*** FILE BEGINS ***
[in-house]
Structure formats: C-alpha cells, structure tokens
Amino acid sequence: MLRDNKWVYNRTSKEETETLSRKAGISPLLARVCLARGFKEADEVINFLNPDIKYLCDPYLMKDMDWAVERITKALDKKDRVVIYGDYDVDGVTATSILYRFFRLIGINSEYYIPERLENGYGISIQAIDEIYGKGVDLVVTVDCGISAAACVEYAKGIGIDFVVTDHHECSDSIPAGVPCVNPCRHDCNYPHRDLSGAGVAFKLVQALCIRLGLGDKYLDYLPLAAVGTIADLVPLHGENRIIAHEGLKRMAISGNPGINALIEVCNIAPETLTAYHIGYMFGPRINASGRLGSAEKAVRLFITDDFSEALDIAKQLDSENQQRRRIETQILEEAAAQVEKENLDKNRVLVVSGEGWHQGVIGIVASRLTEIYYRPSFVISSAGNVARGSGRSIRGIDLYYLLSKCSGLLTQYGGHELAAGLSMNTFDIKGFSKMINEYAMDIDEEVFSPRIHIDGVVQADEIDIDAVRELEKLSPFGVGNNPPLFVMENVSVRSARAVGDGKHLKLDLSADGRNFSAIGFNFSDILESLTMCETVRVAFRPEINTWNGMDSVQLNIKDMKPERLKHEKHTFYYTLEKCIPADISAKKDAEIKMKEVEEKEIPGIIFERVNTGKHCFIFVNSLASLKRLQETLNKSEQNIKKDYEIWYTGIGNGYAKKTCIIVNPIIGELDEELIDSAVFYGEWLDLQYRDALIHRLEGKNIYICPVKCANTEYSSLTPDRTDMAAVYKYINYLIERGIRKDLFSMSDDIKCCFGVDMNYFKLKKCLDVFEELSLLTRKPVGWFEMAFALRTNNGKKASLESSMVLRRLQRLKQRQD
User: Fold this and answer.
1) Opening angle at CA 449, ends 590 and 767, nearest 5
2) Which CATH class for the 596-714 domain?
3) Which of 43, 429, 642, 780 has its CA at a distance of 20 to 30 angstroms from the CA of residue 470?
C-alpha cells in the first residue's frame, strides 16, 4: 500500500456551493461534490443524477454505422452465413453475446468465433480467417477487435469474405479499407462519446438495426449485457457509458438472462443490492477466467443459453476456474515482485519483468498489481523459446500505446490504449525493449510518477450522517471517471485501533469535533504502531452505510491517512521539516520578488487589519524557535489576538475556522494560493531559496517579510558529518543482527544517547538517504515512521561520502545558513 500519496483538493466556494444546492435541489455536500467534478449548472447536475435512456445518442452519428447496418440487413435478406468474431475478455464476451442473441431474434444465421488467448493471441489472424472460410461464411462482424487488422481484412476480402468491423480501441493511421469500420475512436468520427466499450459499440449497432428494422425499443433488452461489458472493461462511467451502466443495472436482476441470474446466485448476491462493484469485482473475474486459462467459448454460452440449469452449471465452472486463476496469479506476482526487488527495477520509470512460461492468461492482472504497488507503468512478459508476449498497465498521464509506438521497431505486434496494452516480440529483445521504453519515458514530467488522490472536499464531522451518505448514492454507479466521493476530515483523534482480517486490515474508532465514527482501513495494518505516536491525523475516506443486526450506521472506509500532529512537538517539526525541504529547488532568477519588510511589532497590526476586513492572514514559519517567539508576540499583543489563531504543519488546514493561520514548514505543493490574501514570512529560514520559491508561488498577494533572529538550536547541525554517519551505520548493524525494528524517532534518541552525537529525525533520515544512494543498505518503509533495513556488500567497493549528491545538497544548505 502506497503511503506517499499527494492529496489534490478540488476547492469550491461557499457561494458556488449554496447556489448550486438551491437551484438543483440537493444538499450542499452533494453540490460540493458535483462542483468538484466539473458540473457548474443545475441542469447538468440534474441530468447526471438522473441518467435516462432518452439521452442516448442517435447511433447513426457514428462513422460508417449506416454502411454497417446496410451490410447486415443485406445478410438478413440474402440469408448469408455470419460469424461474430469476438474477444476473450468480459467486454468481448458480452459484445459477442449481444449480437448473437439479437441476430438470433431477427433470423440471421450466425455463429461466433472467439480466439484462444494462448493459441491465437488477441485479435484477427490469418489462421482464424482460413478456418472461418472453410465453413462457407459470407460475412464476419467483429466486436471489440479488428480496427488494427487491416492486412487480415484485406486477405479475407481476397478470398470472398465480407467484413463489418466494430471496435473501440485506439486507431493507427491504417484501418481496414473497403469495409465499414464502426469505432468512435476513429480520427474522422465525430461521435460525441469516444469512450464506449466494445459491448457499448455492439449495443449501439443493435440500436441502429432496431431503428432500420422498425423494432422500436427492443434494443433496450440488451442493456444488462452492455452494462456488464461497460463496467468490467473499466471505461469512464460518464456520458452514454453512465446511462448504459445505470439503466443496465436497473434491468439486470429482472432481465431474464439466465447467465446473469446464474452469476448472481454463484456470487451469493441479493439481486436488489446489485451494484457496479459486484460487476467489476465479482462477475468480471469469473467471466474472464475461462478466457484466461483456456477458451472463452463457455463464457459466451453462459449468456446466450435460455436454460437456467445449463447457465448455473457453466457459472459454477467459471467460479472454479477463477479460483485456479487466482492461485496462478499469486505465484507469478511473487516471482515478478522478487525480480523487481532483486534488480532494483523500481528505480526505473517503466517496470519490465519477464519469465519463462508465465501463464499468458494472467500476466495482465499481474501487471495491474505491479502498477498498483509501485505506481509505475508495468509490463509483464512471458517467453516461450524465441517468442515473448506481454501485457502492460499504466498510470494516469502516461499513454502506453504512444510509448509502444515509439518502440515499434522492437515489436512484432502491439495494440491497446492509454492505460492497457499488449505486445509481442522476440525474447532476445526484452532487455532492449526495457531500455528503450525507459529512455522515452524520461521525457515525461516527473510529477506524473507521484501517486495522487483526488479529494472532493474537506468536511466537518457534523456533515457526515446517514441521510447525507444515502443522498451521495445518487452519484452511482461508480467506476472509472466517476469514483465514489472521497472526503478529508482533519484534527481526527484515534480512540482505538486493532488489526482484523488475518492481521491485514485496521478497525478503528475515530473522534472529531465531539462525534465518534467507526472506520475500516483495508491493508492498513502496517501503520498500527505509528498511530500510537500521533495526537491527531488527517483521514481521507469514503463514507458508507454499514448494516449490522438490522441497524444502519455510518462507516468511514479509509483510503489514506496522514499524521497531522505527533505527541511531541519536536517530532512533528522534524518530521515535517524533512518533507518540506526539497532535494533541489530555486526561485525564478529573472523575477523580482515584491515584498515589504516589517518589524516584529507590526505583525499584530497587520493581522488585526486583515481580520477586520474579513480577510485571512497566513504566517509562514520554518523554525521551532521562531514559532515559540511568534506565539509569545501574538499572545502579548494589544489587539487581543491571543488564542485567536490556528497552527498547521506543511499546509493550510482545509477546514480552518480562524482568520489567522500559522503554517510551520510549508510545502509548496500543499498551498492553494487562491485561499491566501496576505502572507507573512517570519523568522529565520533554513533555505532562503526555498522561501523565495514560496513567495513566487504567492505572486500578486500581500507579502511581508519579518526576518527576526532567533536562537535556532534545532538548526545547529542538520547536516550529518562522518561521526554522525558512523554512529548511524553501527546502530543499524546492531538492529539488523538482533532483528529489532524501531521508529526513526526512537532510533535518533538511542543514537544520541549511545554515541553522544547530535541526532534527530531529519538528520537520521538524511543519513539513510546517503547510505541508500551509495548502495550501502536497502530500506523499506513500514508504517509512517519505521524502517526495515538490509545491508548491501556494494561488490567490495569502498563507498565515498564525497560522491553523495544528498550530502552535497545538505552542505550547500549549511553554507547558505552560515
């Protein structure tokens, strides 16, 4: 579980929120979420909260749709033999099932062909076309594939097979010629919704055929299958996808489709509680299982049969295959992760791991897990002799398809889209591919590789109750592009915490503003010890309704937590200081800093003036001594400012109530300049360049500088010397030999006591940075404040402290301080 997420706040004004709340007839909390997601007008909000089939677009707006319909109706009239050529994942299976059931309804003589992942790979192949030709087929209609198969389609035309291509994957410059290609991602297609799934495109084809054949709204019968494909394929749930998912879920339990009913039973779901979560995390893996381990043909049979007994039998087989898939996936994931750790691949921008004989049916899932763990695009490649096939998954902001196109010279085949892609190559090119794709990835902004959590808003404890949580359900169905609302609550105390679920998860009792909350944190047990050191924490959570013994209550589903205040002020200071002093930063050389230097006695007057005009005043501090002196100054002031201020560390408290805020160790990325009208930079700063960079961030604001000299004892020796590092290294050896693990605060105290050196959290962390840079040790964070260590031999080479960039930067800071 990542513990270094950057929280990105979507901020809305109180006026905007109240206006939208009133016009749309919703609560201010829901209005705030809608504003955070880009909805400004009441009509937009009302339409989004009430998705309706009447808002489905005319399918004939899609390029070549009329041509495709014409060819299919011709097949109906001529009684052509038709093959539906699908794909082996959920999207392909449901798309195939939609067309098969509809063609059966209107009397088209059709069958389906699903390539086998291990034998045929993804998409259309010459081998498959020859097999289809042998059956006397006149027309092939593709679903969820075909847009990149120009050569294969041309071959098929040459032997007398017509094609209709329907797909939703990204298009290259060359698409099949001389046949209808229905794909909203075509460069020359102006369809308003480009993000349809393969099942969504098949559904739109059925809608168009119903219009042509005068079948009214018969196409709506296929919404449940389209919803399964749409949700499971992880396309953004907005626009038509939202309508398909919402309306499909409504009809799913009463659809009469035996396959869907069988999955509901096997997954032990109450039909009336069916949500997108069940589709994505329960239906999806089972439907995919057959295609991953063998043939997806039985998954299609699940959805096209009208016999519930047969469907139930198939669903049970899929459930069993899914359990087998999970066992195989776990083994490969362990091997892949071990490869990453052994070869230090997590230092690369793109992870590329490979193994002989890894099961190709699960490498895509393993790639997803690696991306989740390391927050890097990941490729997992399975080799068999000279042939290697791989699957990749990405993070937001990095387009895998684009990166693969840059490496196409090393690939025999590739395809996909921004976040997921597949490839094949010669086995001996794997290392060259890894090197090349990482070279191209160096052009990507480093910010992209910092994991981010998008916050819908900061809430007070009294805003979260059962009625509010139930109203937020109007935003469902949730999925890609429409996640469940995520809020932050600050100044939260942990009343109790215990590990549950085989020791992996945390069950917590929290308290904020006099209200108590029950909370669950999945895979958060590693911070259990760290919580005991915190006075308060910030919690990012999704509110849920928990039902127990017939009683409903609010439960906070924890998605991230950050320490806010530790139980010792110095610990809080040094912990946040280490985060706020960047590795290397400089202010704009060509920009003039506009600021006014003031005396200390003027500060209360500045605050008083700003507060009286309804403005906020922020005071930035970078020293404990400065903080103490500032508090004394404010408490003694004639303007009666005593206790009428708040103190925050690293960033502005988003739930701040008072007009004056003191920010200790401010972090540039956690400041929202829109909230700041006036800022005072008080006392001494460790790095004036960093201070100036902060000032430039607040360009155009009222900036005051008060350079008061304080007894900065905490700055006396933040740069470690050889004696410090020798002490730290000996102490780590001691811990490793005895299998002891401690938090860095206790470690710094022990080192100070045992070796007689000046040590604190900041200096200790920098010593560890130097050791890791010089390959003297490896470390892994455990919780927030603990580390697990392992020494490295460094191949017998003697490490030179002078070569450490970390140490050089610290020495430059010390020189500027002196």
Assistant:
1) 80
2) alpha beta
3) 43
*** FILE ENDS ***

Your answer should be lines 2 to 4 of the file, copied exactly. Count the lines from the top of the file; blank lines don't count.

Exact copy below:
Structure formats: C-alpha cells, structure tokens
Amino acid sequence: MLRDNKWVYNRTSKEETETLSRKAGISPLLARVCLARGFKEADEVINFLNPDIKYLCDPYLMKDMDWAVERITKALDKKDRVVIYGDYDVDGVTATSILYRFFRLIGINSEYYIPERLENGYGISIQAIDEIYGKGVDLVVTVDCGISAAACVEYAKGIGIDFVVTDHHECSDSIPAGVPCVNPCRHDCNYPHRDLSGAGVAFKLVQALCIRLGLGDKYLDYLPLAAVGTIADLVPLHGENRIIAHEGLKRMAISGNPGINALIEVCNIAPETLTAYHIGYMFGPRINASGRLGSAEKAVRLFITDDFSEALDIAKQLDSENQQRRRIETQILEEAAAQVEKENLDKNRVLVVSGEGWHQGVIGIVASRLTEIYYRPSFVISSAGNVARGSGRSIRGIDLYYLLSKCSGLLTQYGGHELAAGLSMNTFDIKGFSKMINEYAMDIDEEVFSPRIHIDGVVQADEIDIDAVRELEKLSPFGVGNNPPLFVMENVSVRSARAVGDGKHLKLDLSADGRNFSAIGFNFSDILESLTMCETVRVAFRPEINTWNGMDSVQLNIKDMKPERLKHEKHTFYYTLEKCIPADISAKKDAEIKMKEVEEKEIPGIIFERVNTGKHCFIFVNSLASLKRLQETLNKSEQNIKKDYEIWYTGIGNGYAKKTCIIVNPIIGELDEELIDSAVFYGEWLDLQYRDALIHRLEGKNIYICPVKCANTEYSSLTPDRTDMAAVYKYINYLIERGIRKDLFSMSDDIKCCFGVDMNYFKLKKCLDVFEELSLLTRKPVGWFEMAFALRTNNGKKASLESSMVLRRLQRLKQRQD
User: Fold this and answer.